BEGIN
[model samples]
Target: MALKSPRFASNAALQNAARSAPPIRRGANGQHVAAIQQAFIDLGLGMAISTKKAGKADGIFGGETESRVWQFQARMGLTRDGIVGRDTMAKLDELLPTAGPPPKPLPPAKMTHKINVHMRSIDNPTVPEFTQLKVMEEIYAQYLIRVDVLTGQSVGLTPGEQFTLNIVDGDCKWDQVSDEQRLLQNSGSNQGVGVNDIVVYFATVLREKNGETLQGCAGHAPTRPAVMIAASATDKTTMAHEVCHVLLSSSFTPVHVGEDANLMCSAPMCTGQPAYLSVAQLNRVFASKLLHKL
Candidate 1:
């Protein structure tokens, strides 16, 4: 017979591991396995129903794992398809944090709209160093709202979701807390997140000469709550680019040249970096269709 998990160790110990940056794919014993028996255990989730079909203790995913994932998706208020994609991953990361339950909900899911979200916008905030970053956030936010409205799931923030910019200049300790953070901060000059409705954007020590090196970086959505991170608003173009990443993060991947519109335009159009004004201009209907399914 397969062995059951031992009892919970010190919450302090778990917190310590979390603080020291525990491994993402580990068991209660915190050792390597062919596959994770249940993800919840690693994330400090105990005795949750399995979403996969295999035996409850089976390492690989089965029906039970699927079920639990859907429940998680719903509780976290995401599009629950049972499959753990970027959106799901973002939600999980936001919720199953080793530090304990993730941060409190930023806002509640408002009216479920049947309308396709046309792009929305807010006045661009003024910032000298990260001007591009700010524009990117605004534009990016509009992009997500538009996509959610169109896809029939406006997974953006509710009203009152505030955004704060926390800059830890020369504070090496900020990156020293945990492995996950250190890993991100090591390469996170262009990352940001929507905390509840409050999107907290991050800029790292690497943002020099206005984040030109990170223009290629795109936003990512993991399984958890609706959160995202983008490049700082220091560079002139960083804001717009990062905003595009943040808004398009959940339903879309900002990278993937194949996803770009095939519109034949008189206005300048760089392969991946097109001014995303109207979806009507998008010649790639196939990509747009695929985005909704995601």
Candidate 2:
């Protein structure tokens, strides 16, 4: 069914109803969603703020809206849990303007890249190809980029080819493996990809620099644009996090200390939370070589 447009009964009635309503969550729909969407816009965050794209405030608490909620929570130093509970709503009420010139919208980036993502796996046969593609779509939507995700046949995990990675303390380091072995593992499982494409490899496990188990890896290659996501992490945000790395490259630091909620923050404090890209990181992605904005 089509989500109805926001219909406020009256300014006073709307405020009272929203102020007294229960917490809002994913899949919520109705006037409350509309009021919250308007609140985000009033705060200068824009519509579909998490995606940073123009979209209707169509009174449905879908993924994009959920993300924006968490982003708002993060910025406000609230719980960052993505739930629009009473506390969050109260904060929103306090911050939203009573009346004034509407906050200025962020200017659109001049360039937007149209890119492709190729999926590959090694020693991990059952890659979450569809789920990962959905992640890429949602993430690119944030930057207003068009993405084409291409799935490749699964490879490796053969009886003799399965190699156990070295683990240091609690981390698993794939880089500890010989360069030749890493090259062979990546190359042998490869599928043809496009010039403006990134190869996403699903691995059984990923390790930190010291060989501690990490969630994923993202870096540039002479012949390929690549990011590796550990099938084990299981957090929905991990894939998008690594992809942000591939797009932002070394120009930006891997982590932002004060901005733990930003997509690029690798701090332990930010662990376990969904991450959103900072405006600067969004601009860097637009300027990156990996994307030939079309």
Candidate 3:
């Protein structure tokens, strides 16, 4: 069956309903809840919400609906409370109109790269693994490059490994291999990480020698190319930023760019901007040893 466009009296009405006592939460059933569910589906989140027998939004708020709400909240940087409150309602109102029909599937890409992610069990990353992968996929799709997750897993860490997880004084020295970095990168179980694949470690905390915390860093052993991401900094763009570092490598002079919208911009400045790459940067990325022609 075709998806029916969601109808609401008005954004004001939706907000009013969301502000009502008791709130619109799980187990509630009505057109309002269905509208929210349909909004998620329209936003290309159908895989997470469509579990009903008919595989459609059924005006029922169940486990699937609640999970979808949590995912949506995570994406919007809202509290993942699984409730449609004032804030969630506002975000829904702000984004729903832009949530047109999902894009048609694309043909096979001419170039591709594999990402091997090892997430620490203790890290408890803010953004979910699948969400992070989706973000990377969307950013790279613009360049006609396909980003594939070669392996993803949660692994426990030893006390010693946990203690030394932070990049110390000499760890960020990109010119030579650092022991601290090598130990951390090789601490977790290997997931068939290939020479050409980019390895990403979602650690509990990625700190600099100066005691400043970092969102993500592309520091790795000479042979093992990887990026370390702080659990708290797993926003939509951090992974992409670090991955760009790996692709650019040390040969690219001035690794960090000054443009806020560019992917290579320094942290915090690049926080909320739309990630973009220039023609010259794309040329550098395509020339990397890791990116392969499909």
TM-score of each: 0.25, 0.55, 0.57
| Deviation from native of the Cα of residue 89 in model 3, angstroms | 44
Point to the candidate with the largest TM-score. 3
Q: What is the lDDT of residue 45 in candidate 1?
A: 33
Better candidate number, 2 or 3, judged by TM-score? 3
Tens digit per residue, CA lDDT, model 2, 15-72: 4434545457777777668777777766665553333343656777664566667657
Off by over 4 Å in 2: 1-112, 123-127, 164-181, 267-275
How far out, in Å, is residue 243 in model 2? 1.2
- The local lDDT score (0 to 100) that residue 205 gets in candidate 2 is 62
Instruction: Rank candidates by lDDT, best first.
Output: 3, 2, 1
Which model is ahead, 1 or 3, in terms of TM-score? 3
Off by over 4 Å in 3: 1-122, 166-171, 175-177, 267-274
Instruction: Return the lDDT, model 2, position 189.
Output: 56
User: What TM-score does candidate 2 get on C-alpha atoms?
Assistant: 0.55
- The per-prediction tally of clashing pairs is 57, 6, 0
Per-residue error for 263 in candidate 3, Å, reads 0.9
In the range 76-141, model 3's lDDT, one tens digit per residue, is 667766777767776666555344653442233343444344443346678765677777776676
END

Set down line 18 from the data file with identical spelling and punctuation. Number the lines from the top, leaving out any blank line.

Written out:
- The local lDDT score (0 to 100) that residue 205 gets in candidate 2 is 62